Saturday, May 4, 2013

People Who Dare

Mrs. Goldstone, my 12th grade English teacher, used to mark on my papers “inconsistency is the hobgoblin of little minds."* She would alternate between this quote and “awk” for the frequent awkward sentence structures I’d throw out there (awkward sentence structures remain one of my trademarks to this day. You’re welcome). 

There are people in our lives who support us always and tell us we’re great and special. This is wonderful and necessary to one’s self esteem. If I told one of our family friends, Mrs. Biasotti, that I was going to become a drug dealer, she’d reply with something like, “That’s so great! So industrious of you in a tough economy. And you really have the people skills to do it!” 

There are, however, those people who point out when we’re “awk”. There are people who tell us when we need to shape up or that maybe we’re being a bit of a jerk. We might hate these people a little when they point out such things or think perhaps we know better, but thank goodness for them.   

I’ve been thinking about these people a bit lately because of how rare they are in the adult years (and how especially rare they are in an uberpolite culture such as this. I miss yelling :( ). For someone to take the time and tell you, lovingly, that you are being an asshole or that you’re off your game, happens a lot less as you get older. People are just too busy or don’t care enough to do it. As an adult, you sort have to read the signs and figure it out for yourself.

So, as another thing Peace Corps has given me time to appreciate – thank you to all of those who put me in my place through the years.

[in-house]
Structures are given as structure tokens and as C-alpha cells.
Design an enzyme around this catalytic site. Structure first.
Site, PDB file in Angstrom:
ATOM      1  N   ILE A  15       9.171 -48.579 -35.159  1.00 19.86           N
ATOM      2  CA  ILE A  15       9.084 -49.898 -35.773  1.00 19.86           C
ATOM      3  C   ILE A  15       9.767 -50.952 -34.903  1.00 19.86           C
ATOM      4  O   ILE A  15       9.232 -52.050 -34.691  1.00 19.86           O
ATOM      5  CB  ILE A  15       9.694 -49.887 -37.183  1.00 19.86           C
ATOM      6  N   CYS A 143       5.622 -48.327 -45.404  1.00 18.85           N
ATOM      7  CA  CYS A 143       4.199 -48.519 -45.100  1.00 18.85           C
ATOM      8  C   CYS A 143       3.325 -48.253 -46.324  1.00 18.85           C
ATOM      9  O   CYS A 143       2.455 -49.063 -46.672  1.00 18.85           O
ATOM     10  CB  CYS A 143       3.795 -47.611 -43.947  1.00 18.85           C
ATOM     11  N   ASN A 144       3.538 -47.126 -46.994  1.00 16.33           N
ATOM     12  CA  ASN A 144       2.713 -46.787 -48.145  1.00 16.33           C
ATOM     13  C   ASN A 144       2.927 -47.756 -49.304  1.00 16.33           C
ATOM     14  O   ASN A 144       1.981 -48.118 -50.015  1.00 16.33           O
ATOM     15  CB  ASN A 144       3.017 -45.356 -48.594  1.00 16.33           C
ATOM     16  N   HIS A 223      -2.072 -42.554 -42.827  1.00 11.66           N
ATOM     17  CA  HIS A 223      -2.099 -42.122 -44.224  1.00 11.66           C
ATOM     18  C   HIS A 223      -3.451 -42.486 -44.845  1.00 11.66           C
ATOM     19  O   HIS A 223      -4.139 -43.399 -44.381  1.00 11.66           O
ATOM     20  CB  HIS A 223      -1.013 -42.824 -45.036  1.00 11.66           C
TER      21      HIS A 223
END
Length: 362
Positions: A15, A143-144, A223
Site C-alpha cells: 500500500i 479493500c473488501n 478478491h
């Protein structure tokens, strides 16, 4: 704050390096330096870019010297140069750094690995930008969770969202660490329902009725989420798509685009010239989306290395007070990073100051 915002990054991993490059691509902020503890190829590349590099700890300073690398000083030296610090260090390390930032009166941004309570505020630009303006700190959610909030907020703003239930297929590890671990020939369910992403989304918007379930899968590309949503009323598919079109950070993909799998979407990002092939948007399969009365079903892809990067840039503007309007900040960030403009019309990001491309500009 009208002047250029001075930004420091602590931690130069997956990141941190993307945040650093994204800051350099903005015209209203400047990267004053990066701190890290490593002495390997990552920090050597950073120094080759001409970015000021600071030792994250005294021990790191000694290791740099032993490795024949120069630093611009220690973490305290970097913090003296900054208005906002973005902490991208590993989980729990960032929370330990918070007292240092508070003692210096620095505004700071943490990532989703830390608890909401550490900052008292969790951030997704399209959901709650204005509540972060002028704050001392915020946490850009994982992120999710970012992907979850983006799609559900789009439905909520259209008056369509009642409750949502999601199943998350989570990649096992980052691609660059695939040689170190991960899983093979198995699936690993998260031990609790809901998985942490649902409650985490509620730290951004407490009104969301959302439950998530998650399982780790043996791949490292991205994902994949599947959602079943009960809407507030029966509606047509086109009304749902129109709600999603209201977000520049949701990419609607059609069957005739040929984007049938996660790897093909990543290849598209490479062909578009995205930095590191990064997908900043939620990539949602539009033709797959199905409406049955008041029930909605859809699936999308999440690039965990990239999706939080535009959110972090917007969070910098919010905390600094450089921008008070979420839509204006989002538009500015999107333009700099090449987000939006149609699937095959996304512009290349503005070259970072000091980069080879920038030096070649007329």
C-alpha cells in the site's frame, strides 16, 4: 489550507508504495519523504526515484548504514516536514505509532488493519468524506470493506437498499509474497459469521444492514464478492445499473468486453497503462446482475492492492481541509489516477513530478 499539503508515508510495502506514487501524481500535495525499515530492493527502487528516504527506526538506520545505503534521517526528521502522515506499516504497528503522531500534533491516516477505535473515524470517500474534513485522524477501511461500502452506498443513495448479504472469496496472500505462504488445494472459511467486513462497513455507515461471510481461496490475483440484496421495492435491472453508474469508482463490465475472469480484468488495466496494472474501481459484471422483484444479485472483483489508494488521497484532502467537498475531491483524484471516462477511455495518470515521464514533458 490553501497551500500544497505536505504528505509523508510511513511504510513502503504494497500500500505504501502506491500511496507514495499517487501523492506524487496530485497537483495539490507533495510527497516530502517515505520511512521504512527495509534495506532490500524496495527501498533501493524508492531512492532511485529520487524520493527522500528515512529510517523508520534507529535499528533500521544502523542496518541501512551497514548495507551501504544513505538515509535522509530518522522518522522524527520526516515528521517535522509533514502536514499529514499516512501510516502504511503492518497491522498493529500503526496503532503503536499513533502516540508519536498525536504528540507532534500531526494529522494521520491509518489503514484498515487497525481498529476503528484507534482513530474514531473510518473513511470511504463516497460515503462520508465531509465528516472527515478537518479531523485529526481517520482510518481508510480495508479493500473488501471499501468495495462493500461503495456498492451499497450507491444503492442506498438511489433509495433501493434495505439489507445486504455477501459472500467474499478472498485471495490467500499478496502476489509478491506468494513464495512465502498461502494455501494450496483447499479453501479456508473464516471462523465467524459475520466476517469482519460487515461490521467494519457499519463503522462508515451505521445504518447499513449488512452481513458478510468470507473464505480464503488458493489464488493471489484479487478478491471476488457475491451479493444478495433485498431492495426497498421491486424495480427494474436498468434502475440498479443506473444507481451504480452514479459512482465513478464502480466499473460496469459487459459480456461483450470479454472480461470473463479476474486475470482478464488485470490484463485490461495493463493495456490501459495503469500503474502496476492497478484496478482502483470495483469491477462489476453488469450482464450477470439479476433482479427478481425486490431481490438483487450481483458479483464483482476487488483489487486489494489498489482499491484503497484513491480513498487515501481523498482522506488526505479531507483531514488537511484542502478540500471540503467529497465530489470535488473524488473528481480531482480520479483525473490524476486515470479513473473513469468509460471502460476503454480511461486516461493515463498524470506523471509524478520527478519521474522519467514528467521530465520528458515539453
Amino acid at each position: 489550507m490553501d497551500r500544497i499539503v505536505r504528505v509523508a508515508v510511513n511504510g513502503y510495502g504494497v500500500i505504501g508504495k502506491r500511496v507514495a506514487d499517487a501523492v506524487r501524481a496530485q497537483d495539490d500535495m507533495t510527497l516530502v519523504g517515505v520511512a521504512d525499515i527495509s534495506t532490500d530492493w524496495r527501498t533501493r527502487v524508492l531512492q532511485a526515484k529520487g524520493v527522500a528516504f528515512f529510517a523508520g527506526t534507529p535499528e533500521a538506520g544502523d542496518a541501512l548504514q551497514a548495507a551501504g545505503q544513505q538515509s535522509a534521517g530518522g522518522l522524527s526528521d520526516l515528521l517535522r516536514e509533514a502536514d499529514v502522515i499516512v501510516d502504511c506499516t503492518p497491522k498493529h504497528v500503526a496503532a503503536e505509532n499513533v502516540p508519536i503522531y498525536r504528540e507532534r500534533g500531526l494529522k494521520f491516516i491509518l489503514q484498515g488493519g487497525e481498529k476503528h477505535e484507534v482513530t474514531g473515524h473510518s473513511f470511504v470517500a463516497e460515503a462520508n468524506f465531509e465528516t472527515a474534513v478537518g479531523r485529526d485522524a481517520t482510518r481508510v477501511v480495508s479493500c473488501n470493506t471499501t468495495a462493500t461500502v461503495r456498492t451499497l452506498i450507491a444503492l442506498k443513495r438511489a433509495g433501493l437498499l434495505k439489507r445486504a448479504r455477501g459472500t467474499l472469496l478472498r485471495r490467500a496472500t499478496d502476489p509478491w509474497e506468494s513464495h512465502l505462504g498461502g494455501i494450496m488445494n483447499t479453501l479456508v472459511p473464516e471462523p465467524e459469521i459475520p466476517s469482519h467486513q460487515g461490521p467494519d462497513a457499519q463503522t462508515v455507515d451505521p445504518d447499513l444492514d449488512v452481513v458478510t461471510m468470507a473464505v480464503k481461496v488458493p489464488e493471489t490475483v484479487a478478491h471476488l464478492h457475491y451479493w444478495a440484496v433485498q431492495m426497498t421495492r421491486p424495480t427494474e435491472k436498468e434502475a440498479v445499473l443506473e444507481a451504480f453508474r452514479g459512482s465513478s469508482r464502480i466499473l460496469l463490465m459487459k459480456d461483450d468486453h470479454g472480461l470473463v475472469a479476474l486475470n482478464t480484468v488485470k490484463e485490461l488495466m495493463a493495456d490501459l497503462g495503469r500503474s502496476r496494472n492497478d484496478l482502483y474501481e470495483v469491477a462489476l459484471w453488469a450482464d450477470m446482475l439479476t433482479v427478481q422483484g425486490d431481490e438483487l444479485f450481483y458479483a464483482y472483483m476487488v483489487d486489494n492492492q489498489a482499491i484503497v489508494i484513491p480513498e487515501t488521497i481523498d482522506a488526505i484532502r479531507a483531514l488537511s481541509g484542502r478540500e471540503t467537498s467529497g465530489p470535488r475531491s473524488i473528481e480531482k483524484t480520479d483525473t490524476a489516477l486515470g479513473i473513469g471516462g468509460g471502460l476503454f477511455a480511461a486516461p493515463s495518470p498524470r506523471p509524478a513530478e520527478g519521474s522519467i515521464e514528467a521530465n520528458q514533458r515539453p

• A PC staff member who challenged us, not only to grow up, but to realize that maybe in the process of analyzing and critiquing things here, we conveniently avoid examining our own personal spirituality.
  • A teaching counterpart who called me out on ignoring people and basically being kind of an asshole lately (no matter how much I’d love her to use that word, sadly, it was expressed in a more civil manner. We’re still making an effort to seamlessly work the word “sucks” into conversations). 
  • A PCV pal who openly expressed her frustration with me and my less-than-clear decoration assembly instructions. 
  • An RPCV friend (Returned Peace Corps Volunteer) who confirmed that trying Peace Corps was no big deal in the grand scheme and provided her matter-of-fact perspective to “just leave if you don’t like it." Any daunting thoughts immediately erased. 
  • My brother giving it to me straight when what I write is incomprehensible. Mrs. Goldstone's work continues.
  • My tough, expressionless college adviser trying to smack some sense into me, “Look, you need to focus and help yourself before you can help everyone else.”
  • My favorite, crazy Western Civ professor patiently hearing out my cliché realizations of history and life, breaking down how things really are, and then consoling my rocked world by telling me, “You have a wonderful mind.” 
  • When flexing my indecision and procrastination over declaring a major, writing a speech, or what have you…my aunt cutting me off during my rants and laying it down for me…”sometimes you gotta go Nike and 'Just do it.'"That’s it. Get it done. 
  • An old roommate making me laugh so hard over nothing in the library. At the time, I hated her for getting everyone at the surrounding tables annoyed with us, but I realize now she was teaching me a valuable lesson – how to twist ‘nothing’ into something so hilarious that you can’t control yourself. This skill is actually one of the key ingredients for survival, I think.